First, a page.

Blake Farmer

This season's massive hurricanes will force communities in Texas and Florida to ask a tough question: How do you make sure homes and businesses never flood again? Since its own devastating flood in 2010, Nashville has embraced one answer: offer to tear them down.

It would seem a welcome way out of disaster, but it's not always an easy sell.

Tennessee caused a stir earlier this year when it ran an audit of the state's 2015 graduating class. The number crunchers in Nashville reported that nearly a third of students who received a diploma didn't complete the required coursework. One in three.

Naturally, parents and politicians alike were baffled and more than a little bothered.

Historians in Nashville have been on the hunt for a prominent man named Fred Douglas. But they are happy to report that no one by the name has been found. Because they had a pretty good hunch that a park bought in the 1930s was named after the famed abolitionist and statesman Frederick Douglass. The name just wasn't spelled correctly.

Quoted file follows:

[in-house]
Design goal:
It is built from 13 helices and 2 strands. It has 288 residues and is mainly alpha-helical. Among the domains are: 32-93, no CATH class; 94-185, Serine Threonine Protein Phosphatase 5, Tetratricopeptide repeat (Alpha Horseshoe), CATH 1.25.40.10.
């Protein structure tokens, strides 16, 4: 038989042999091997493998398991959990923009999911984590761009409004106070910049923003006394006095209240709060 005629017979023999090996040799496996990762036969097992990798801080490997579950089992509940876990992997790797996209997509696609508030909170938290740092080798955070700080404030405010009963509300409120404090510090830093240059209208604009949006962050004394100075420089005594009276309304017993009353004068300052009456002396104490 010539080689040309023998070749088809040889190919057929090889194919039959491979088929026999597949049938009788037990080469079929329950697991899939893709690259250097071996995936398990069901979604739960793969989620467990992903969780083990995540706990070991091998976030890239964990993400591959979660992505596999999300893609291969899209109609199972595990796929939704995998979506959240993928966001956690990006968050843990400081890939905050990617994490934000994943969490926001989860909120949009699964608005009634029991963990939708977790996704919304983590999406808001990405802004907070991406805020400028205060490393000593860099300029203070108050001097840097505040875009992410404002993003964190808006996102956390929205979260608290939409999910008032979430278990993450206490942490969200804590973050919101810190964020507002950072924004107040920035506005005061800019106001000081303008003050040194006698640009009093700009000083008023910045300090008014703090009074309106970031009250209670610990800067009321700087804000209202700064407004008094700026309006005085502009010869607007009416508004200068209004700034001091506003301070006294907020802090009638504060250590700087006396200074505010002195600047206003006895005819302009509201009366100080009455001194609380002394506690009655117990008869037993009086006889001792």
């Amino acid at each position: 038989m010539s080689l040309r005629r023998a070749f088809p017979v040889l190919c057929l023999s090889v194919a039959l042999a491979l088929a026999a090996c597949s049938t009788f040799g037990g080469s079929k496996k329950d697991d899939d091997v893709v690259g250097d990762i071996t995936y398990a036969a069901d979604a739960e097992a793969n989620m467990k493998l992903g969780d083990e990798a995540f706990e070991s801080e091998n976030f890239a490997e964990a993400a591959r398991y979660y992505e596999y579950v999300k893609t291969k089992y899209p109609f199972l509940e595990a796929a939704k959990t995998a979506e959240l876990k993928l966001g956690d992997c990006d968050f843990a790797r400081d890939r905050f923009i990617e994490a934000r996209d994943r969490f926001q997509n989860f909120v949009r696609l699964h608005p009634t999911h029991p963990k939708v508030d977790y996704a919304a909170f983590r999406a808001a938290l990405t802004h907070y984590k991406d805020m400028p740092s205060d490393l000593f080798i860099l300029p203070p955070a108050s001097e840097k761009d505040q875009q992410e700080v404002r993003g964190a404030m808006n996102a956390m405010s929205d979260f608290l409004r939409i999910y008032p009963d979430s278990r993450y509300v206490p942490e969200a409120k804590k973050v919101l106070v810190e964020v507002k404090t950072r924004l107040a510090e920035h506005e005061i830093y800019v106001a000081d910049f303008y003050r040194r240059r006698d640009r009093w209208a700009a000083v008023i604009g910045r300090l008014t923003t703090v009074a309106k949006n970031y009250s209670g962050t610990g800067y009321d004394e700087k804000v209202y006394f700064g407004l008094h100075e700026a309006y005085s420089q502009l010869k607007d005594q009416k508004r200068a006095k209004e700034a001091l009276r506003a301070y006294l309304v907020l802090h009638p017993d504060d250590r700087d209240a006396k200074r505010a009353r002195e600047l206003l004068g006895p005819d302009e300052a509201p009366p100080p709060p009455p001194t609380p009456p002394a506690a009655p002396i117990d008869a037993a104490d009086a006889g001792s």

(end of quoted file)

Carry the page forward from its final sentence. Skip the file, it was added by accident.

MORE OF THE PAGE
Reading isn't usually a competitive sport. But it's become one for Braille readers because of a lack of excitement about Braille.

Right now, the Los Angeles-based Braille Institute is putting on regional competitions like this one in a classroom at the Tennessee School for the Blind.

A braille reading competition actually looks more like a typing contest.

As competition begins, students flip through their packets. Their spread fingers sweep over the square pages.

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